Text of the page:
Senate Majority Leader Chuck Schumer (D-NY) is pushing for a vote on a Congressional stock trading ban before the midterm elections this November, according to a source familiar with the matter.
There are a variety of proposals floating around the House and Senate and key details still need to be ironed-out — including whether lawmakers’ spouses would also be barred from trading and whether the ban would also include cryptocurrencies.
But the source said Schumer nonetheless wants Congress to push some form of a bill through both the Senate and House before the midterm elections scheduled for Nov. 8.
Last week, House Majority Leader Nancy Pelosi (D-Calif.), also said she had been in discussions about a stock trading bill, adding, “We believe we have a product that we can bring to the floor this month.”
Pelosi’s husband, Paul, has taken flak for making millions of dollars by trading shares of tech companies his wife is supposed to regulate.
While there’s no smoking gun showing that the Pelosis have traded using insider info, their portfolio has often outperformed the S&P 500, The Post reported in January.
Nancy Pelosi was initially dismissive of calls to ban stock trading, shrugging off such behavior as part of the “free market economy” in December. Following an outcry, she dropped her opposition to a ban in February.
The Pelosis are far from the only ones to profit off questionable trades, with 97 members of Congress or their immediate family members having bought or sold shares of companies in industries they are supposed to be overseeing as part of their committee assignments, according to a recent New York Times analysis.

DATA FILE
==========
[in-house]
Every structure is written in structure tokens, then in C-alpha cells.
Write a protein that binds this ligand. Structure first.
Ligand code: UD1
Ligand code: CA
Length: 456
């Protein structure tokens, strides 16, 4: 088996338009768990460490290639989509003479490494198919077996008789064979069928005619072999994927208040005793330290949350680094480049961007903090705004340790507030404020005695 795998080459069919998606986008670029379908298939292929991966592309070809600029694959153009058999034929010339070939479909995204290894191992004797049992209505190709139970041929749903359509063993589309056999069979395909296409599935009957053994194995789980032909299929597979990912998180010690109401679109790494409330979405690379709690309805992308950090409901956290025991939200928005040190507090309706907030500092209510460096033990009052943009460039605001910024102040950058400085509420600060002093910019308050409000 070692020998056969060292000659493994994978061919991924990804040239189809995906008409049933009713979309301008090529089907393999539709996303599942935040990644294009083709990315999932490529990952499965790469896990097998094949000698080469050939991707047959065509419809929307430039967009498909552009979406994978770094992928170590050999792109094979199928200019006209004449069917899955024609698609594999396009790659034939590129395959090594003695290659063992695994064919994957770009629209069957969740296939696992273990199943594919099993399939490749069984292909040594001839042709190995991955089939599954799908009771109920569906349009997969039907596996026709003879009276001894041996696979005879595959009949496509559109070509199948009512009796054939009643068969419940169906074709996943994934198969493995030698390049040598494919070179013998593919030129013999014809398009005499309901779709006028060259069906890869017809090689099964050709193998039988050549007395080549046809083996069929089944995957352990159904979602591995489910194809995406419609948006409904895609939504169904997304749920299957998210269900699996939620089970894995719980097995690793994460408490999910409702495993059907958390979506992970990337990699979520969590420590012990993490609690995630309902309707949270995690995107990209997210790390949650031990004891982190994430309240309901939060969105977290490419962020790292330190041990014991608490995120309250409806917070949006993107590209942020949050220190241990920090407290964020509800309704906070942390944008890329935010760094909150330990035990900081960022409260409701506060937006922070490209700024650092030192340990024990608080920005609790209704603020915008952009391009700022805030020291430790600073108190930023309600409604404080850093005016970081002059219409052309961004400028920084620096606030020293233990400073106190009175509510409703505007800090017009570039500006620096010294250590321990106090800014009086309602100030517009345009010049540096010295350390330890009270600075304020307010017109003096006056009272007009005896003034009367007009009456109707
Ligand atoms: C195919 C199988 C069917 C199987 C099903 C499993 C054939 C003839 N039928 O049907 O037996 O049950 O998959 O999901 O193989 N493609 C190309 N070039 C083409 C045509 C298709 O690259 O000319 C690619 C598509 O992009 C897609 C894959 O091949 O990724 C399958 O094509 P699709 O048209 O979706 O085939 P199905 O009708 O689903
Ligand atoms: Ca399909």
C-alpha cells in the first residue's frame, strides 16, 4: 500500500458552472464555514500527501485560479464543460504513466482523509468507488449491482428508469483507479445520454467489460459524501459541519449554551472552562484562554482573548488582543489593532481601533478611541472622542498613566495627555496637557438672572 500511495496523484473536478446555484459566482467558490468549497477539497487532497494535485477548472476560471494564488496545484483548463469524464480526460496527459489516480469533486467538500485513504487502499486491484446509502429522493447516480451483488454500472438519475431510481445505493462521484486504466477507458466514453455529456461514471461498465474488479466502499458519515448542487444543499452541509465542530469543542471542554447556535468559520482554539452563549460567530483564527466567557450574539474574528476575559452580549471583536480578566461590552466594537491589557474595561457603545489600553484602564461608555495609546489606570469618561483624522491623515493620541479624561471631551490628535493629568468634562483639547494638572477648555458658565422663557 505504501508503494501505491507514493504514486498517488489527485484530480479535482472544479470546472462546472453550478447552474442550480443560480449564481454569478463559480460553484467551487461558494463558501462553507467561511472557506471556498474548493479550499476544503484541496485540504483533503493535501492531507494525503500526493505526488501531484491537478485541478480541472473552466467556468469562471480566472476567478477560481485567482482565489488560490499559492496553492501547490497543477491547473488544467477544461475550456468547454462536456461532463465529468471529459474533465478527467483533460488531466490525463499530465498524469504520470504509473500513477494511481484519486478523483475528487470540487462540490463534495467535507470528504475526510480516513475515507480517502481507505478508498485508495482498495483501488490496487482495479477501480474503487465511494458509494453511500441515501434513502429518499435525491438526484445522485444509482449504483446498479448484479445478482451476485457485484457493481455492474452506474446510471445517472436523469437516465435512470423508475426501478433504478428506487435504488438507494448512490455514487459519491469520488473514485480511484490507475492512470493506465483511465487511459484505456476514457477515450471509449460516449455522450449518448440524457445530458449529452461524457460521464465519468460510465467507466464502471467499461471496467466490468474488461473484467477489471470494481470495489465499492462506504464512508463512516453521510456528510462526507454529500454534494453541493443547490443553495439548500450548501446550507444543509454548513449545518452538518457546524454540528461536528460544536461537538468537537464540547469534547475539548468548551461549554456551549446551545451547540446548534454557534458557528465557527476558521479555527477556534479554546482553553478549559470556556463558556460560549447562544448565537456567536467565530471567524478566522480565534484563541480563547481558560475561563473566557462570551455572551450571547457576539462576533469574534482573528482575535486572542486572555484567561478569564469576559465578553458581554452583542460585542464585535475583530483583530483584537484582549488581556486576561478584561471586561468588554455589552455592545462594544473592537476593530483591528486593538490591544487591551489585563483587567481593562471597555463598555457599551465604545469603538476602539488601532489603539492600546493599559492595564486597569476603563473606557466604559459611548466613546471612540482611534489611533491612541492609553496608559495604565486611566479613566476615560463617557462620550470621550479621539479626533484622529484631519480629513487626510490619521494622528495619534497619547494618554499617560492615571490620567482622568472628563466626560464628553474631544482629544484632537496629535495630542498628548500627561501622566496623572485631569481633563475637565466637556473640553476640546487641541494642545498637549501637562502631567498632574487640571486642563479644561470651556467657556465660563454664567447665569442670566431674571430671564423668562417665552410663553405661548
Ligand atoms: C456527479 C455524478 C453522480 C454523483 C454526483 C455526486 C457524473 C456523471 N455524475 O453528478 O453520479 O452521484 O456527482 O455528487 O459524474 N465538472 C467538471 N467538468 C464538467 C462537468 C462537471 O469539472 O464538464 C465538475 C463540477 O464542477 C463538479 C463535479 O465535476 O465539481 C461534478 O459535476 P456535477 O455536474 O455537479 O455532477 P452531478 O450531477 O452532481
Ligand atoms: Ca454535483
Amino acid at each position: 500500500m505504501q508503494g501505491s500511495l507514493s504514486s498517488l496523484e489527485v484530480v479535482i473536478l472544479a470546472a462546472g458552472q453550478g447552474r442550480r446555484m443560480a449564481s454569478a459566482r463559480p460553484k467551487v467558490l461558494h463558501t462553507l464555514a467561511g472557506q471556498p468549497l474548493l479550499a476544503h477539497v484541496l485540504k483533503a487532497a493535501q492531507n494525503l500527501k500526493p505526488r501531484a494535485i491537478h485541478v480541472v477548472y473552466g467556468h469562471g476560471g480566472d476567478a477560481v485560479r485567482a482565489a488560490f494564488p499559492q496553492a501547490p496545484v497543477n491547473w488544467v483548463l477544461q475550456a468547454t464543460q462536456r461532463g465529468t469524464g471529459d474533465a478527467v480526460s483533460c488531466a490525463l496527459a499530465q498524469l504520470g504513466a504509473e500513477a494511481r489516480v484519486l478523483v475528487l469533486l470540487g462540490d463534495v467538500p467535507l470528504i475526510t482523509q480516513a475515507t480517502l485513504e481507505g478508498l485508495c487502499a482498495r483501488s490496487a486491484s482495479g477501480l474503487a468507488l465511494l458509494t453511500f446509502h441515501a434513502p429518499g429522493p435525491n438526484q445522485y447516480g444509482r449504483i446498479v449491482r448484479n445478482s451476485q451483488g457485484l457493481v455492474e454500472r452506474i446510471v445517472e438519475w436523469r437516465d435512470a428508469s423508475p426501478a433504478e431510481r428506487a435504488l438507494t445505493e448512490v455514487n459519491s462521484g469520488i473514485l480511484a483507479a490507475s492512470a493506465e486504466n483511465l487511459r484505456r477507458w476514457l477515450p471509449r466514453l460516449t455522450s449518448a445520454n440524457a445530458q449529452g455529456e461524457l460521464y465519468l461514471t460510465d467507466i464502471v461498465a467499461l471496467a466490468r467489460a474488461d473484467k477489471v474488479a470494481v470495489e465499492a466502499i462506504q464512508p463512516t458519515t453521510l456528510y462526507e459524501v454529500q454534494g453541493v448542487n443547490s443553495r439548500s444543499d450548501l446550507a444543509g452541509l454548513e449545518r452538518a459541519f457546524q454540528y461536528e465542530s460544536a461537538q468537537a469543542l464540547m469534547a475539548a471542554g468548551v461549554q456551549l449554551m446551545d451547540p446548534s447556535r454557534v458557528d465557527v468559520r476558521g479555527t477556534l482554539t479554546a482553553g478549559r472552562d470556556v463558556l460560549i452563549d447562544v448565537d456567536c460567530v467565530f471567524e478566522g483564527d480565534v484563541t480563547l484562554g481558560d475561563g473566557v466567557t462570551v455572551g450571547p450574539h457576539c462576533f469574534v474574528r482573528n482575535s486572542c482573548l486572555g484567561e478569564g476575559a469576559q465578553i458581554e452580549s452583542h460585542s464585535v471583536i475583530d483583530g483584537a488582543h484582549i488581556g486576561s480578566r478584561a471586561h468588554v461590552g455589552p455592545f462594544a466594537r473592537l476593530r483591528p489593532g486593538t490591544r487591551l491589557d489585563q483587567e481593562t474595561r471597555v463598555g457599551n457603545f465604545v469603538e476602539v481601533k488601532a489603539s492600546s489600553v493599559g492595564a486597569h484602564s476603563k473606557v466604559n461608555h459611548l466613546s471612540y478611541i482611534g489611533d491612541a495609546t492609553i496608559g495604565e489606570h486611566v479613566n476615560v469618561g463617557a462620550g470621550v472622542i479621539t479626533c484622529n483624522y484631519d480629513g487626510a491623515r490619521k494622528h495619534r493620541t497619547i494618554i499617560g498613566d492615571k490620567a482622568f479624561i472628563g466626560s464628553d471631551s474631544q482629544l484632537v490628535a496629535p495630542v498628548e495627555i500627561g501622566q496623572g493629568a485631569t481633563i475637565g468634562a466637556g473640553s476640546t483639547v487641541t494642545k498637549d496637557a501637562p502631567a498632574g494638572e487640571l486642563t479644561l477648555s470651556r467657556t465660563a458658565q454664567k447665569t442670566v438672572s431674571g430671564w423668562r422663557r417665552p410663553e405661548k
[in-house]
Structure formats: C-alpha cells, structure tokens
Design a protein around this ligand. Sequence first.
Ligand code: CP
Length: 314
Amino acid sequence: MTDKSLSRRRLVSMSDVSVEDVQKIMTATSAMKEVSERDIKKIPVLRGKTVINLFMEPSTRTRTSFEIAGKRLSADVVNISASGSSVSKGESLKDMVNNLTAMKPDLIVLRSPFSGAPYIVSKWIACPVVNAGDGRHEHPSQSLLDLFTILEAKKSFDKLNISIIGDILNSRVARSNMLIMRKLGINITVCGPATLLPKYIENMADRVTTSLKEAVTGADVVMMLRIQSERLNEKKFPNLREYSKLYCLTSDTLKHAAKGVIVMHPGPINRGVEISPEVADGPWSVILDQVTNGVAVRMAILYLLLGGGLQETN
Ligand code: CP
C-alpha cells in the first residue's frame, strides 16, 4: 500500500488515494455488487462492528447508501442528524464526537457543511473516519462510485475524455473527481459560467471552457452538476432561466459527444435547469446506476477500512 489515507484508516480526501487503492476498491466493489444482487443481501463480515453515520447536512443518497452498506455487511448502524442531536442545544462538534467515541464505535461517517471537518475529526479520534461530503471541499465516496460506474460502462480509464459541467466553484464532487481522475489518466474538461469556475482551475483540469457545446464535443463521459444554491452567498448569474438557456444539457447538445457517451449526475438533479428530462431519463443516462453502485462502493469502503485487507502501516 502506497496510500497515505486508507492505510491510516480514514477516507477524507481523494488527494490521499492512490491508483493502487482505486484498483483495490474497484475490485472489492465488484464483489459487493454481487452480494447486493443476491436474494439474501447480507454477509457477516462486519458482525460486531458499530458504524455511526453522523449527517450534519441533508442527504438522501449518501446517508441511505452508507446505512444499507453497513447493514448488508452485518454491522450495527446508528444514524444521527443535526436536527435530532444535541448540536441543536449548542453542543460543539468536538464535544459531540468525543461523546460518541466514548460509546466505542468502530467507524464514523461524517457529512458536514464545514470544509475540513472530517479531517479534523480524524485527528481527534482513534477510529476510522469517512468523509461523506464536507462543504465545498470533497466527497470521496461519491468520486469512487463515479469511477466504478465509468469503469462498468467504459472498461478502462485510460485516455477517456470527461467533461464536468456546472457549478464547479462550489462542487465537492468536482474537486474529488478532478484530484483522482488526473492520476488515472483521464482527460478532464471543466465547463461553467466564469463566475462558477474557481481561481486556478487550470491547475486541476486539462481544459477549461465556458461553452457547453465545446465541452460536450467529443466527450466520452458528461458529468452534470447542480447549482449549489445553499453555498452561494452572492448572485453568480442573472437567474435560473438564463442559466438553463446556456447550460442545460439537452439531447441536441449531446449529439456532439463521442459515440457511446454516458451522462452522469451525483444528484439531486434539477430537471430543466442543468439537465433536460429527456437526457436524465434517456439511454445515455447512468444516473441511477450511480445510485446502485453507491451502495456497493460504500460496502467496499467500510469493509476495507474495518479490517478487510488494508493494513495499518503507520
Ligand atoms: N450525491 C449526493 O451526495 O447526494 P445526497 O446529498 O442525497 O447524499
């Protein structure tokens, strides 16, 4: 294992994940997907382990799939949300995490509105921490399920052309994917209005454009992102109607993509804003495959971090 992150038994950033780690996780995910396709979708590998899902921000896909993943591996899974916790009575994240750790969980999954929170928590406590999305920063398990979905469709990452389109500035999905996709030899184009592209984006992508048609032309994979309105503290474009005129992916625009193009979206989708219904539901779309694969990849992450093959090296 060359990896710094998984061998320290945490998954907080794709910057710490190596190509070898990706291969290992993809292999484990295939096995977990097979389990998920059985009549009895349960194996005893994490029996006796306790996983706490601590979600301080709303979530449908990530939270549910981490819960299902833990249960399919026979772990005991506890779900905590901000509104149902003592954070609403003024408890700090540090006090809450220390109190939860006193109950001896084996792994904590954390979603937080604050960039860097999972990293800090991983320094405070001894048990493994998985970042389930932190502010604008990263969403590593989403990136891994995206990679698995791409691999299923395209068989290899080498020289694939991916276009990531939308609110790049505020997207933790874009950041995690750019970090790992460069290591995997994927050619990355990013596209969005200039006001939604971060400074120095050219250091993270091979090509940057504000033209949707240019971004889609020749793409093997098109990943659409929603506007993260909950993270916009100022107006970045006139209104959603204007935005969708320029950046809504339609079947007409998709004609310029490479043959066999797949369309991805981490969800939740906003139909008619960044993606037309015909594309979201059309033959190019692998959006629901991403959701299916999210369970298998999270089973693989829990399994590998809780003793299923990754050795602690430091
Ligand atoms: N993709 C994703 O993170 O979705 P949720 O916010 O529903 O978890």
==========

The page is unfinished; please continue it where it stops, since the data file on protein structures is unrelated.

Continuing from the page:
However, not all Senate Democrats appear to be on board with a vote before the midterms.
Sen. Jeff Merkley (D-Ore.), a leading backer of a stock trading ban, told Insider last week that a stock trading ban is not going to happen until after the midterms.
“I’m looking forward to getting this across the finish line, but it’s not going to happen before the election,” Merkley said.
A spokesperson for Jon Ossoff (D-Ga.), who has also been outspoken about banning Congressional stock trades, likewise gave a non-committal answer when The Post asked when he expected a vote.
“Haha I don’t know sorry!” Ossoff spokesperson Jake Best said on Wednesday.
Some Congressional staffers have scoffed at the idea that lawmakers will ever ban themselves from trading shares.
“It’s all performative,” one cynical Senate staffer grumbled in July when asked about a potential ban. “It’s not going anywhere.”
“You’re not getting members of Congress to self-regulate the money they can or can’t make,” another D.C. insider said at the time. “Why would they do something that doesn’t benefit them?”
Meanwhile, two proposed exchange-traded funds named after Pelosi and Sen. Ted Cruz (R-Texas) plan to make it easier for everyday traders to copy lawmakers’ trades.
Additional reporting by Lydia Moynihan